This leads to a second point: the simple fact is that what is being done in WR parishes in the AOA is NOT pre-schism. It is Tridentine (16th century). Whether it is the Anglican or the Roman ordo missae, it is essentially the Tridientine rituale that is being followed. Certainly some of those practises, especially various rites surrounding Baptism and Holy Week can be traced back as far as the fourth century in terms of their origins, but that doesn't mean that either the texts of the prayers or the ritual is the same. For example, the Stations of the Cross sprang from the same practise in Jerusalem as the Byzantine reading of the Twelve Passion Gospels during the Mattins of Holy Friday. In Rome, they kept the act of making a procession from one place (statio) to another. In Constantinople, they preserved the readings, which have varied relatively little over the centuries. (I wrote my M.Div. thesis on the Byzantine lectionary for Holy Thursday-Pascha.) There are other points in which the Roman practise reflects the ancient Jerusalem practise to which the pilgrim Egeria bore witness toward the end of the 4th century, and to which the Armenian lectionary bears some testimony at the beginning of the fifth century.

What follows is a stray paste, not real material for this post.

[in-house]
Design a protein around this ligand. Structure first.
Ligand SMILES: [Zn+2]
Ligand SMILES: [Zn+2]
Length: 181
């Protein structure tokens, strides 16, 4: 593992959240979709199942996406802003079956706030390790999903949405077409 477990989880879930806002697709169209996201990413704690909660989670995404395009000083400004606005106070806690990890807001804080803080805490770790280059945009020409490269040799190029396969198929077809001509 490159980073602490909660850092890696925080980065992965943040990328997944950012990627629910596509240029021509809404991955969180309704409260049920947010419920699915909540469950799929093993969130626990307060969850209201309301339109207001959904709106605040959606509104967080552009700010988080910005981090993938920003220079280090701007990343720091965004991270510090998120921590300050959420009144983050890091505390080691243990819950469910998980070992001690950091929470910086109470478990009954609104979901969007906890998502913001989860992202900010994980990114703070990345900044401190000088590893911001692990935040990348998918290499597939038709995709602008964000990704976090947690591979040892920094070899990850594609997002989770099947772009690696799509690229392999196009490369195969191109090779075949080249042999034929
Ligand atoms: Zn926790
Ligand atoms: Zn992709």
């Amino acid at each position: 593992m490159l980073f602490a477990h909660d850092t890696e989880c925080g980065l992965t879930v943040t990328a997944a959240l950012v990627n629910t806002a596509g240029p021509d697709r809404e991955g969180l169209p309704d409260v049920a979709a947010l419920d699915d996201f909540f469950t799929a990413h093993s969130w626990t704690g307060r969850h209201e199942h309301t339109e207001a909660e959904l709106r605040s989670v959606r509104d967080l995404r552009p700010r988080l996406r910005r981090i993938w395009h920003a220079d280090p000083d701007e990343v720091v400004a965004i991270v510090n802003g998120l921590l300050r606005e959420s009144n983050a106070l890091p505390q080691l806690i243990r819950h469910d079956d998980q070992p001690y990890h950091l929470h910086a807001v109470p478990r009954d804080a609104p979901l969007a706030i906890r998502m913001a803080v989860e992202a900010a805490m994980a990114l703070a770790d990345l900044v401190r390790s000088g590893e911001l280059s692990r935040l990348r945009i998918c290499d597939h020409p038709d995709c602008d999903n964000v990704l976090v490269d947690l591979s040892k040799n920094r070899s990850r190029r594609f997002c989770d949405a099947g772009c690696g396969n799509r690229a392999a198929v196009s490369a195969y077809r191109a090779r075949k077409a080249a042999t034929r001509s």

It is not possible, however, to jump from this to saying that the Tridentine ordo and rituale are 'pre-schism.' That is just too much of a stretch. If you want to learn about pre-schism ritual, read the Ordo Romanus Primus, which reflects the pontifical liturgy at Rome toward the end of the 7th century. Ironically, it is far more like the Byzantine Rite on the one hand, and the Novus Ordo Missae, which WR people, Anglican or Roman, are trying to escape because it is so mixed up with the theological deviations and other modernisms of the present-day Anglican and Roman communions.